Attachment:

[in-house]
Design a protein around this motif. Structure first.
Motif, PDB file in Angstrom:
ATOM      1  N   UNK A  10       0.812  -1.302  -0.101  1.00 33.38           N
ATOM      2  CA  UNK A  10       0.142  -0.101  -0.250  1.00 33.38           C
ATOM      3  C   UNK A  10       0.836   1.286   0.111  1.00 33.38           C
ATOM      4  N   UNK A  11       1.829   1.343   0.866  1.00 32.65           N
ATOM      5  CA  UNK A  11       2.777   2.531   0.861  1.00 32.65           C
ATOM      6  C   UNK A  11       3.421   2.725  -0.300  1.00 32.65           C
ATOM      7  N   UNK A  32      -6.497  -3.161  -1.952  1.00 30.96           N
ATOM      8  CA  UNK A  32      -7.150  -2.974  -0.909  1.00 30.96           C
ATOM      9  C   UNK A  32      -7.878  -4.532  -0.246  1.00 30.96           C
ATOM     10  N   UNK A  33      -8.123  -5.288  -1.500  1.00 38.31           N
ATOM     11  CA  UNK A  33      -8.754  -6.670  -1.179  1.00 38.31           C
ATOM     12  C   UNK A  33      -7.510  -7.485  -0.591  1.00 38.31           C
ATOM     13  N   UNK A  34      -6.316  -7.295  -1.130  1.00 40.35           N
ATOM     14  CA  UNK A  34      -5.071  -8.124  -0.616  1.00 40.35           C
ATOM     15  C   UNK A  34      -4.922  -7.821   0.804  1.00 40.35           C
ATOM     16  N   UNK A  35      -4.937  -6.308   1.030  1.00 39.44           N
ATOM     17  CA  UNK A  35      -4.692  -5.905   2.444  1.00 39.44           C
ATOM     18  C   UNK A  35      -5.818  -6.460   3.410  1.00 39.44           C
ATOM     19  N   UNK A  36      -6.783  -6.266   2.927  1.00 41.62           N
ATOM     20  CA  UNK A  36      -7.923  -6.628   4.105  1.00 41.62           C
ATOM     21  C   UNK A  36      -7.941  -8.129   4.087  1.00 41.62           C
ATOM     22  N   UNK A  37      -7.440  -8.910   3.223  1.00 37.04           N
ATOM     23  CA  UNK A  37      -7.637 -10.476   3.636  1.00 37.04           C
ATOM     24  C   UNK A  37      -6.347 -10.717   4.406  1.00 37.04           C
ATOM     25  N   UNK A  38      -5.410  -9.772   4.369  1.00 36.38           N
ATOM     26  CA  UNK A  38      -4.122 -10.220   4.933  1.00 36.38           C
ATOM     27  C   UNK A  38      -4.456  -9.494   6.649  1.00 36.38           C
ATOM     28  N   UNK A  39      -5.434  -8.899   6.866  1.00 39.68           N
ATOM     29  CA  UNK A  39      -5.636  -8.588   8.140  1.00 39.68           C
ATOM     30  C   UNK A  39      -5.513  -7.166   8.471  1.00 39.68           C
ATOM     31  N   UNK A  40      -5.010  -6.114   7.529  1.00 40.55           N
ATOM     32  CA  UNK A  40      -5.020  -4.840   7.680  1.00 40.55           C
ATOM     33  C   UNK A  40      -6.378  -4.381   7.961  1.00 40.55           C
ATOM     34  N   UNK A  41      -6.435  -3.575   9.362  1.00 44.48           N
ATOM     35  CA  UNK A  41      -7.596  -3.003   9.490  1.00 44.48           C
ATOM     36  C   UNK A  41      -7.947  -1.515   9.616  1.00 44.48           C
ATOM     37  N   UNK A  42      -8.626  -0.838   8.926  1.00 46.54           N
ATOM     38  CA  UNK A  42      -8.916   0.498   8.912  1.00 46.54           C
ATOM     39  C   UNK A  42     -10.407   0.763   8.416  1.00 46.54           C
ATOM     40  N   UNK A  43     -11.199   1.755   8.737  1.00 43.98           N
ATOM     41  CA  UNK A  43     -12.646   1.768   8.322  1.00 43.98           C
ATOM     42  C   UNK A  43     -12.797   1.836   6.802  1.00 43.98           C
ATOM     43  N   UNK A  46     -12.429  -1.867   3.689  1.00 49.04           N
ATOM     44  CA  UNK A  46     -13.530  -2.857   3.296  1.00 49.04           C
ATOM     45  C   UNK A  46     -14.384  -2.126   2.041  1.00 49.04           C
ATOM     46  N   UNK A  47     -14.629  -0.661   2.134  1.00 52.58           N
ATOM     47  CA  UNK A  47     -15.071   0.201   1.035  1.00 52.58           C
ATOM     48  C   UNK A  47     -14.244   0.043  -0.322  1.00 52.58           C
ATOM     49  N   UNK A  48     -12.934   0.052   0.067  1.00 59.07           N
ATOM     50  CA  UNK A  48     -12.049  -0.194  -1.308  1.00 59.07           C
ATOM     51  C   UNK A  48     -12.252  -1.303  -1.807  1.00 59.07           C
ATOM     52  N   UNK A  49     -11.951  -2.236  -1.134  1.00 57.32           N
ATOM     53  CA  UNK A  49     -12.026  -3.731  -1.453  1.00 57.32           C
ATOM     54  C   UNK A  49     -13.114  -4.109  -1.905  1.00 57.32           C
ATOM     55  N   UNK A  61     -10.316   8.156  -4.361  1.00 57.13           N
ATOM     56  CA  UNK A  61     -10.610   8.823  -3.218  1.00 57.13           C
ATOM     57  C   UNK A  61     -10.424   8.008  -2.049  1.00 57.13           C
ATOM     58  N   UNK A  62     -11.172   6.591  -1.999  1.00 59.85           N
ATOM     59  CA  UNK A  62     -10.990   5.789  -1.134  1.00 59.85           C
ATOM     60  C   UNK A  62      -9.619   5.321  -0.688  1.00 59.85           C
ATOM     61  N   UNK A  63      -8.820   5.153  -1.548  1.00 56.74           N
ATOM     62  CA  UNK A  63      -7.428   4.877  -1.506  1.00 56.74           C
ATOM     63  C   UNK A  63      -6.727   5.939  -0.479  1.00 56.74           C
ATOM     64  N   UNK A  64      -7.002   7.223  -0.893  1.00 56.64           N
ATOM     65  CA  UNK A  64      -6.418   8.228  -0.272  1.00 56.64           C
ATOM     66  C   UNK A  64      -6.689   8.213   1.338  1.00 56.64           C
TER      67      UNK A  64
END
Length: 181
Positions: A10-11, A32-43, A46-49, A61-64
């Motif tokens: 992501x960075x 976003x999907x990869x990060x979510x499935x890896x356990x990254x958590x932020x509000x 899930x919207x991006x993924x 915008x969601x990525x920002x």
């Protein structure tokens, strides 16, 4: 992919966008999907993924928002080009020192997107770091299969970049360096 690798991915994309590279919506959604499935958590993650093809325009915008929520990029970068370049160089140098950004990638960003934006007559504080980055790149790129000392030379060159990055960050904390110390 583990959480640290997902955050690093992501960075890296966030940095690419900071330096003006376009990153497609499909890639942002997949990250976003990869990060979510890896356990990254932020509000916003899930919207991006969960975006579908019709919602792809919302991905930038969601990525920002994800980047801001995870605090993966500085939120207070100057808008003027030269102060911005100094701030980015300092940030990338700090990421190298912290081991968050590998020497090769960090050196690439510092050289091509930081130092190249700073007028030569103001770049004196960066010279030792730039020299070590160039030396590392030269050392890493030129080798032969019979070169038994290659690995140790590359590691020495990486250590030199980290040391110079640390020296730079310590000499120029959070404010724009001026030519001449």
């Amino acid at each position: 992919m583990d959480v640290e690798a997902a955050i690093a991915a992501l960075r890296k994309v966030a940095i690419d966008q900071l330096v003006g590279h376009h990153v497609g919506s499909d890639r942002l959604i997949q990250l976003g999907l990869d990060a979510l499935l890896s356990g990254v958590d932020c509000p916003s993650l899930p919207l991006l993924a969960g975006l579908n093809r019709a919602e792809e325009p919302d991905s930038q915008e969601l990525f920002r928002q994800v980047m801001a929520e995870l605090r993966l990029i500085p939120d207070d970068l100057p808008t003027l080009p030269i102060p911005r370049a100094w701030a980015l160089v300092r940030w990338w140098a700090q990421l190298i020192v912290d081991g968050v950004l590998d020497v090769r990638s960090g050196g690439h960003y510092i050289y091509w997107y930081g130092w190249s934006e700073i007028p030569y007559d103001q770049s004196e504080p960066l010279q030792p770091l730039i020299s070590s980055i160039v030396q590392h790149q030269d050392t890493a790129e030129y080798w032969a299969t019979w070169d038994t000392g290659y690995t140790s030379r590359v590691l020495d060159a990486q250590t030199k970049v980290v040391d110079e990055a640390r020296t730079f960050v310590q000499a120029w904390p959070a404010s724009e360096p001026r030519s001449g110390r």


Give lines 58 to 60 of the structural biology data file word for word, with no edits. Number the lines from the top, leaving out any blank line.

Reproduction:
ATOM     55  N   UNK A  61     -10.316   8.156  -4.361  1.00 57.13           N
ATOM     56  CA  UNK A  61     -10.610   8.823  -3.218  1.00 57.13           C
ATOM     57  C   UNK A  61     -10.424   8.008  -2.049  1.00 57.13           C